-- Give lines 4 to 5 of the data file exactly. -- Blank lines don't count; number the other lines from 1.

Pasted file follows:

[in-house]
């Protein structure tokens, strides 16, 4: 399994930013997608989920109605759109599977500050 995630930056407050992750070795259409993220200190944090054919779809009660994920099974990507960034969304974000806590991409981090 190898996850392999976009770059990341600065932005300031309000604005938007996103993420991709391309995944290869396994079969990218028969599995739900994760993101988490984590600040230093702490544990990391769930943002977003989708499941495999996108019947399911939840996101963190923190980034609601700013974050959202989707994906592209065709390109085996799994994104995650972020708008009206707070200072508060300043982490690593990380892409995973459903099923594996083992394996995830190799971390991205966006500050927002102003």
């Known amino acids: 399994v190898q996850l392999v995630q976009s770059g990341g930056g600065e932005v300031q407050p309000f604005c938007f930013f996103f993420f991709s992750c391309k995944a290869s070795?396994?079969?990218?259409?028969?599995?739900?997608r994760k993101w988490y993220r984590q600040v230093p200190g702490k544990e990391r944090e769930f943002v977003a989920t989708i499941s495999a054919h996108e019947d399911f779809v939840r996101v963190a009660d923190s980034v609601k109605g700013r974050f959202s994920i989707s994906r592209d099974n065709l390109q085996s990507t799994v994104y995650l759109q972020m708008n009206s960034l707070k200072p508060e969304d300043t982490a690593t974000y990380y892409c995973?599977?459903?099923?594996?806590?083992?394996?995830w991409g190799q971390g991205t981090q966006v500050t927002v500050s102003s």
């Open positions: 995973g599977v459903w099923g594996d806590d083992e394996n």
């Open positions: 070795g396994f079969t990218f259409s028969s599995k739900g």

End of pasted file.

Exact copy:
């Open positions: 995973g599977v459903w099923g594996d806590d083992e394996n």
């Open positions: 070795g396994f079969t990218f259409s028969s599995k739900g």